Genomic Parallelism in Pest Beetle Adaptation to Novel Environments
by Shivansh Singhal | Deepa Agashe | National Centre for Biological Sciences, Bengaluru, India | National Centre for Biological Sciences, Bengaluru, India
Abstract ID: 129
Event: The 3rd AsiaEvo Conference
Topic: The genomics of adaptation and speciation
Presenter Name: Shivansh Singhal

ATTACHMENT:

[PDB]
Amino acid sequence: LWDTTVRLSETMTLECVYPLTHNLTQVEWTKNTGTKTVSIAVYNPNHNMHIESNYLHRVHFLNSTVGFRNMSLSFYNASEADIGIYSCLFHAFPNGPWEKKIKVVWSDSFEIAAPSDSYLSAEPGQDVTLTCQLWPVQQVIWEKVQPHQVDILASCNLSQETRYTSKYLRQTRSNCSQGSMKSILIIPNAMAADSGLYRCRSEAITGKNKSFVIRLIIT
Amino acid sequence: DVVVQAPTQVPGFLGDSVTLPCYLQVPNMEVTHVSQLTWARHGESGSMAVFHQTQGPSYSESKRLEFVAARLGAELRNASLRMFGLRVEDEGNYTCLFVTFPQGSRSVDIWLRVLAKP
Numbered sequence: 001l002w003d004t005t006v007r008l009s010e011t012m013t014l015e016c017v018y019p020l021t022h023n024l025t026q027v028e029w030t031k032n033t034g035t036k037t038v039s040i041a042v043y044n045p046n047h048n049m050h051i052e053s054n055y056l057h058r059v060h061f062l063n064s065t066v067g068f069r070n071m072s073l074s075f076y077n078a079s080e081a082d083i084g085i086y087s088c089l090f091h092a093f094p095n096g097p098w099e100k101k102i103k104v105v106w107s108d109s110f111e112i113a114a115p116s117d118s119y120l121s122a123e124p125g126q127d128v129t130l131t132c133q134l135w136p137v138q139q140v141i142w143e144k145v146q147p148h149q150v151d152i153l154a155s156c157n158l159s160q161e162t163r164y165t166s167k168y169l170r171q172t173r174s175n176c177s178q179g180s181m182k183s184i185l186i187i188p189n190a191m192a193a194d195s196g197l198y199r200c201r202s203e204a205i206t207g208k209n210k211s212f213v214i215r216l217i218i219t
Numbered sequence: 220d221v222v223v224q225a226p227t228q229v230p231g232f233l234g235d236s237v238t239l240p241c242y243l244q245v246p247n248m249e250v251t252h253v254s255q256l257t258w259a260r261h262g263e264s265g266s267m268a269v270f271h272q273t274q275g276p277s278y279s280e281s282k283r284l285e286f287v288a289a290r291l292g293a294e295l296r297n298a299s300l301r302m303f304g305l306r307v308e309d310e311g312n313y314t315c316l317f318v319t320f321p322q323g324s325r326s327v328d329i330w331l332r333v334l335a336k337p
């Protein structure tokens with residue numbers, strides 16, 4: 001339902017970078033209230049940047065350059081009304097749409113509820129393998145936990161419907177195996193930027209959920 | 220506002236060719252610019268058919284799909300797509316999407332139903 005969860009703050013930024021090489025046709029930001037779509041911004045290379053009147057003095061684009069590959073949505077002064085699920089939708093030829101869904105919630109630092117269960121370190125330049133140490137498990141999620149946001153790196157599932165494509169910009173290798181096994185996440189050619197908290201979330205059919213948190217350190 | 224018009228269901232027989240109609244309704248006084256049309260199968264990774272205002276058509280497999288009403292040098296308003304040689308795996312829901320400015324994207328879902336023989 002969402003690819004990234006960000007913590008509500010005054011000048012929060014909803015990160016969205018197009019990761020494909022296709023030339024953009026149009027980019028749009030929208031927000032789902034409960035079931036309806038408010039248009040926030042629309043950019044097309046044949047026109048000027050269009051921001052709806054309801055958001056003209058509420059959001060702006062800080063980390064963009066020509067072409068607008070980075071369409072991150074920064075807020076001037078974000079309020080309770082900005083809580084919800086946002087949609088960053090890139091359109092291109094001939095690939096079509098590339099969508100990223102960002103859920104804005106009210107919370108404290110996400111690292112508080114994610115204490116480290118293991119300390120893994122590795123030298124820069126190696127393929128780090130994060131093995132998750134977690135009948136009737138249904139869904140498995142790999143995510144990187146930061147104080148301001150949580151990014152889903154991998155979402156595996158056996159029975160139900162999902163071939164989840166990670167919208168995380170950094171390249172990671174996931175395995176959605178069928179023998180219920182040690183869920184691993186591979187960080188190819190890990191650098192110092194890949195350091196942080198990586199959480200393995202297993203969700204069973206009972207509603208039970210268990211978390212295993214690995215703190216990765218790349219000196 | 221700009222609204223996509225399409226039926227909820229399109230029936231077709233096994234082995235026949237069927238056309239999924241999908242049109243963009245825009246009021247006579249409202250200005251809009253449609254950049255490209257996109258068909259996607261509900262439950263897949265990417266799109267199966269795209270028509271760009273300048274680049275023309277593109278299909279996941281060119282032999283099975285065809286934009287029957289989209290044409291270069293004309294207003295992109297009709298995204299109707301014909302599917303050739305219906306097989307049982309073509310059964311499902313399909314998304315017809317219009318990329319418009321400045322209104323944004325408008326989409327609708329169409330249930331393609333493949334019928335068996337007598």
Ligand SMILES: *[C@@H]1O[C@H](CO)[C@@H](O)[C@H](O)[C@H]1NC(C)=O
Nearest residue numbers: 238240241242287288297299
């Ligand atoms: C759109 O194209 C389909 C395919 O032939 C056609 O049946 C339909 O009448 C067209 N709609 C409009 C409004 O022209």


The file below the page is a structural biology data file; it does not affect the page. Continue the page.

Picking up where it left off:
Populations that enter a novel environment face strong and novel selection pressures. Adaptation to novel conditions is of interest to evolutionary biologists, conservation biologists, and ecologists in the context of human-associated environmental change on Earth. How often does adaptation occur using the same alleles across populations and environments? Understanding this parallelism in the genomic basis of adaptation may help in predicting the impact of selection in natural populations. Laboratory evolution systems provide an opportunity to study the effect of selection on the extent and degree of genomic parallelism during adaptation. We address this using laboratory adaptation to novel resources in a pest, the red flour beetle Tribolium castaneum (Ancestral resource- Wheat, Novel resources- Corn, Finger Millet, and Sorghum; most to least sub-optimal). Specifically, we ask whether parallelism is influenced by the founding population size or the strength of selection (different for different resources). After 35-60 generations of evolution, populations exhibit early stages of adaptation and ecological divergence: increased fitness in the new resources, as well as significant assortative mating across populations, adapted to distinct resources. To determine the genetic basis of adaptation, I sequenced the pooled genomic DNA of 20 adults from ancestral and evolved lines and determined the change in allele frequencies over time (for standing genetic variation), as well as new variants representing mutations during evolution. Overall, we found very few new mutations, indicating adaptation largely via SGV. Compared to the ancestor, evolved lines have many more alleles at extreme frequencies, possibly due to rapid purging of deleterious alleles and fixation of beneficial alleles during adaptation. Evolved lines also have reduced nucleotide diversity than the ancestor. The magnitude of these two effects is broadly correlated with the initial selection imposed in each resource (i.e., strongest in corn, which is most suboptimal). Interestingly, allele frequencies changed parallelly both within (i.e., across replicate populations) and between resources, suggesting similar underlying mechanisms of adaptation to different habitats. I also found evidence suggesting large selective sweeps, some involving entire chromosomes. We are now analyzing candidate genes under selection to predict the functional basis of an increase in fitness in novel resources. We are also performing reciprocal transplant experiments with ancestral stocks and evolved lines in all resources to ask if there are any fitness-related trade-offs associated with adaptation to novel environments. In conclusion, rapid adaptation to various resources can occur in this pest beetle using standing genetic variation and the same large effect alleles across populations.